The Secretary shall provide (either directly or by contract) technical assistance to eligible entities, including recipients of grants under subsection (a), on the development, use, and sustainability of technology-enabled collaborative learning and capacity building models to expand access to maternal health care services provided by such entities, including—

(1)

in health professional shortage areas;

(2)

in areas with high rates of maternal mortality and severe maternal morbidity or significant racial and ethnic disparities in maternal health outcomes; and

(3)

for medically underserved populations or American Indians and Alaska Natives.

(g)

Research and evaluation

The Secretary, in consultation with experts, shall develop a strategic plan to research and evaluate the evidence for such models.

(h)

Reporting

(1)

Eligible entities

An eligible entity that receives a grant under subsection (a) shall submit to the Secretary a report, at such time, in such manner, and containing such information as the Secretary may require.

(2)

Secretary

Not later than 4 years after the date of enactment of this section, the Secretary shall submit to Congress, and make available on the website of the Department of Health and Human Services, a report that includes—

(A)

a description of grants awarded under subsection (a) and the purpose and amounts of such grants;

(B)

a summary of—

(i)

the evaluations conducted under subsection (b)(1)(B);

(ii)

any technical assistance provided under subsection (f); and

(iii)

the activities conducted under a grant awarded under subsection (a); and

(C)

a description of any significant findings with respect to—

(i)

patient outcomes; and

(ii)

best practices for expanding, using, or evaluating technology-enabled collaborative learning and capacity building models.

(i)

Authorization of appropriations

There is authorized to be appropriated to carry out this section, $6,000,000 for each of fiscal years 2022 through 2026.

(j)

Definitions

In this section:

(1)

Eligible entity

(A)

In general

The term eligible entity means an entity that provides, or supports the provision of, maternal health care services or other evidence-based services for pregnant and postpartum individuals—

(i)

in health professional shortage areas;

(ii)

in areas with high rates of adverse maternal health outcomes or significant racial and ethnic disparities in maternal health outcomes; or

(iii)

who are—

(I)

members of medically underserved populations; or

(II)

American Indians and Alaska Natives, including Indian Tribes, Tribal organizations, and urban Indian organizations.

(B)

Inclusions

An eligible entity may include entities that lead, or are capable of leading, a technology-enabled collaborative learning and capacity building model.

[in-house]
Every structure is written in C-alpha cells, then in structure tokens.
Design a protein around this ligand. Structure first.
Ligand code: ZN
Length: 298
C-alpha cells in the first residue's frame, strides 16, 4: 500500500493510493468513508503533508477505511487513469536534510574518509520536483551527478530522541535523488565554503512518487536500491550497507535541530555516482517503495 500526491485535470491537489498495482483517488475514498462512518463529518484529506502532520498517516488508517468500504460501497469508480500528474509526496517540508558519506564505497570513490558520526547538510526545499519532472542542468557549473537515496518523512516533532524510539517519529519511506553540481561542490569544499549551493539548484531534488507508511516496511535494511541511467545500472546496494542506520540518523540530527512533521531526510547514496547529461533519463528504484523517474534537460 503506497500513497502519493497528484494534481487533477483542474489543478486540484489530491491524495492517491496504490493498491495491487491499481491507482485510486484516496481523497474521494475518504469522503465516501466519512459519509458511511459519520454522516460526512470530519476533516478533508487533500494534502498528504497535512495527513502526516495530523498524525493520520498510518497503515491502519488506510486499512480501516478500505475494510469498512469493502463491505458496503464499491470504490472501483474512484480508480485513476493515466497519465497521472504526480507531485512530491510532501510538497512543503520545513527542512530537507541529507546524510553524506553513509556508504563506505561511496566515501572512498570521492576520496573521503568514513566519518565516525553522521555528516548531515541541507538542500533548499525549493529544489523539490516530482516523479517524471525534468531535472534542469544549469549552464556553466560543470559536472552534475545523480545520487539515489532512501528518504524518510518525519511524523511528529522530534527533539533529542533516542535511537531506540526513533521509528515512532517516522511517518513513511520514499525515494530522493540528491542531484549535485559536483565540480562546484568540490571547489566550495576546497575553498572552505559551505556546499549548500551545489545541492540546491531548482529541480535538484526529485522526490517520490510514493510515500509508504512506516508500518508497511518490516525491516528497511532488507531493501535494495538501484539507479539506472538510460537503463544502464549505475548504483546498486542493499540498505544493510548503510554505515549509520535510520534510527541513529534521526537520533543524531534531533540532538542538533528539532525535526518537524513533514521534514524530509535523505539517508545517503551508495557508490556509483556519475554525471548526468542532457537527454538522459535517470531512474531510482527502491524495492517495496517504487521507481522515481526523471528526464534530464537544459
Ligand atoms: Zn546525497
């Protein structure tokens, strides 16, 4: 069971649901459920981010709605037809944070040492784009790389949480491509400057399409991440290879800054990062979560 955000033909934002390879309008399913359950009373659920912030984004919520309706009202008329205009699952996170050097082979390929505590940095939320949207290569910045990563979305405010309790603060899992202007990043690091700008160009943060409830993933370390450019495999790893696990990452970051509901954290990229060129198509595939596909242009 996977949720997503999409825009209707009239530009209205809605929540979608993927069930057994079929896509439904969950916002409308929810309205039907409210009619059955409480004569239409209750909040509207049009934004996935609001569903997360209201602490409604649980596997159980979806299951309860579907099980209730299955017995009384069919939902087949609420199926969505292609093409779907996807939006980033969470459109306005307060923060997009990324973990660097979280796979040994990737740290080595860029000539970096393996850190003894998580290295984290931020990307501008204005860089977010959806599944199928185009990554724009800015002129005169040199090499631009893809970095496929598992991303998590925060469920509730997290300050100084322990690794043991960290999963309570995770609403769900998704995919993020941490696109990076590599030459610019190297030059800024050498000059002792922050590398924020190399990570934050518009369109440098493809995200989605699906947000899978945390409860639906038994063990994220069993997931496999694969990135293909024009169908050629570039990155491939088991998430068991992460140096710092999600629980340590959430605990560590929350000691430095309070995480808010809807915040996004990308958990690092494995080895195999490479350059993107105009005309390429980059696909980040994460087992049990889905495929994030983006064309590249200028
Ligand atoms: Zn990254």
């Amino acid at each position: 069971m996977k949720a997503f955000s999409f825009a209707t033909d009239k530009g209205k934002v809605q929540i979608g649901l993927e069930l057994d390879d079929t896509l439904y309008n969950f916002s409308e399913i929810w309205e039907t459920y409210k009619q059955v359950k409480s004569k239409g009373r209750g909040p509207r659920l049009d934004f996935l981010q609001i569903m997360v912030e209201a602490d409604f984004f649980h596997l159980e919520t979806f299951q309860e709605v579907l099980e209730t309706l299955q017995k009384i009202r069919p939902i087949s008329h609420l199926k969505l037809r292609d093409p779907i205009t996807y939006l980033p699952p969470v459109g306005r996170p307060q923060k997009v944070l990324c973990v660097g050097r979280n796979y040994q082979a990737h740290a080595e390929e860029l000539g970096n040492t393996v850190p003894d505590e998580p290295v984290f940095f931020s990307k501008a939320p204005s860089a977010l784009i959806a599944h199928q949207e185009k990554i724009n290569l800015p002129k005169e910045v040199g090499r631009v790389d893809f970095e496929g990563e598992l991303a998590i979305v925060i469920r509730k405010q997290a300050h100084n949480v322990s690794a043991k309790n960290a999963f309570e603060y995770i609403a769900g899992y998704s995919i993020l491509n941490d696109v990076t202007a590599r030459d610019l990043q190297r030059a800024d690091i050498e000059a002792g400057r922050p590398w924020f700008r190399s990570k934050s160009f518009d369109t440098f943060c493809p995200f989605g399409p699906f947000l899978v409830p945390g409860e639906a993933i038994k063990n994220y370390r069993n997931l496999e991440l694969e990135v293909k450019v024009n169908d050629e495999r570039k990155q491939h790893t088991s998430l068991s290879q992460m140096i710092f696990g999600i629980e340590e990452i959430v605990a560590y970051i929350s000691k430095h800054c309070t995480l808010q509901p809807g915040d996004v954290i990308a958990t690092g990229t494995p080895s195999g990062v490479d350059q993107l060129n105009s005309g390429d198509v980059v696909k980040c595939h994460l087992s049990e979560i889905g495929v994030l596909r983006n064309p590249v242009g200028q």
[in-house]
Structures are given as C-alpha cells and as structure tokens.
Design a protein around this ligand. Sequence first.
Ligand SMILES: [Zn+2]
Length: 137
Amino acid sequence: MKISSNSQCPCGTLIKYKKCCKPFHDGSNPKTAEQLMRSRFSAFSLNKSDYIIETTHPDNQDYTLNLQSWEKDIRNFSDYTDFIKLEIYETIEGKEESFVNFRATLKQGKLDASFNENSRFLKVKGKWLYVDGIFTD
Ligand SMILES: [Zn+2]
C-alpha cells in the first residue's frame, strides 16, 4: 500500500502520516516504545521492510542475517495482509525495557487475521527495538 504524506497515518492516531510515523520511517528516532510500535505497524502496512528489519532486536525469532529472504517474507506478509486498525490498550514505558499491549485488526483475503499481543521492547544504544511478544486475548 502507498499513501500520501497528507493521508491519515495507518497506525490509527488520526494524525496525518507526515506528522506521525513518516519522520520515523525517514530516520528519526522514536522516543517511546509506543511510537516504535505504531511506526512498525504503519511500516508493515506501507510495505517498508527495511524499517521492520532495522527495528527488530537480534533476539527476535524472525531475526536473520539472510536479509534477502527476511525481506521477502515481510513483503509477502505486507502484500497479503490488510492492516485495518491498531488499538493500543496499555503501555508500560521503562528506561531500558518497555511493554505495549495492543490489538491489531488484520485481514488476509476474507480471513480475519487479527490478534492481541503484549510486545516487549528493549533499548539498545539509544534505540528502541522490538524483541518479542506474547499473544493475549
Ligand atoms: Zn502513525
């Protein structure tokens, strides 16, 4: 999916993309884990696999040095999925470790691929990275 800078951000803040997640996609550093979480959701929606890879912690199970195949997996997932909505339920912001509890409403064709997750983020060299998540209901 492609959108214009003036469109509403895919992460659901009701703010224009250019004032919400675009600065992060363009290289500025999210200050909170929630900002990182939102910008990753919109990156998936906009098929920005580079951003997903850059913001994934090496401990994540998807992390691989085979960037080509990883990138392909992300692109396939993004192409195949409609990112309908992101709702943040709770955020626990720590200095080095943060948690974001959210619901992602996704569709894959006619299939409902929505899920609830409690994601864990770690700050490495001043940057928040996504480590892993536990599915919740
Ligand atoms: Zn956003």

(2)

Health professional shortage area

The term health professional shortage area means a health professional shortage area designated under section 332.

(3)

Indian Tribe

The term Indian Tribe has the meaning given such term in section 4 of the Indian Self-Determination and Education Assistance Act.

(4)

Maternal mortality

The term maternal mortality means a death occurring during or within 1-year period after pregnancy caused by pregnancy-related or childbirth complications, including a suicide, overdose, or other death resulting from a mental health or substance use disorder attributed to or aggravated by pregnancy or childbirth complications.

(5)

Medically underserved population

The term medically underserved population has the meaning given such term in section 330(b)(3).

(6)

Postpartum

The term postpartum means the 1-year period beginning on the last date of an individual’s pregnancy.

(7)

Severe maternal morbidity

The term severe maternal morbidity means a health condition, including a mental health or substance use disorder, attributed to or aggravated by pregnancy or childbirth that results in significant short-term or long-term consequences to the health of the individual who was pregnant.

(8)

Technology-enabled collaborative learning and capacity building model

The term technology-enabled collaborative learning and capacity building model means a distance health education model that connects health care professionals, and other specialists, through simultaneous interactive videoconferencing for the purpose of facilitating case-based learning, disseminating best practices, and evaluating outcomes in the context of maternal health care.

(9)

Tribal organization

The term Tribal organization has the meaning given such term in section 4 of the Indian Self-Determination and Education Assistance Act.

(10)

Urban Indian organization

The term urban Indian organization has the meaning given such term in section 4 of the Indian Health Care Improvement Act.

.

4.

Grants to promote equity in maternal health outcomes through digital tools

(a)

In general

Beginning not later than 1 year after the date of the enactment of this Act, the Secretary of Health and Human Services shall award grants to eligible entities to reduce racial and ethnic disparities in maternal health outcomes by increasing access to digital tools related to maternal health care, including provider-facing technologies, such as early warning systems and clinical decision support mechanisms.

(b)

Applications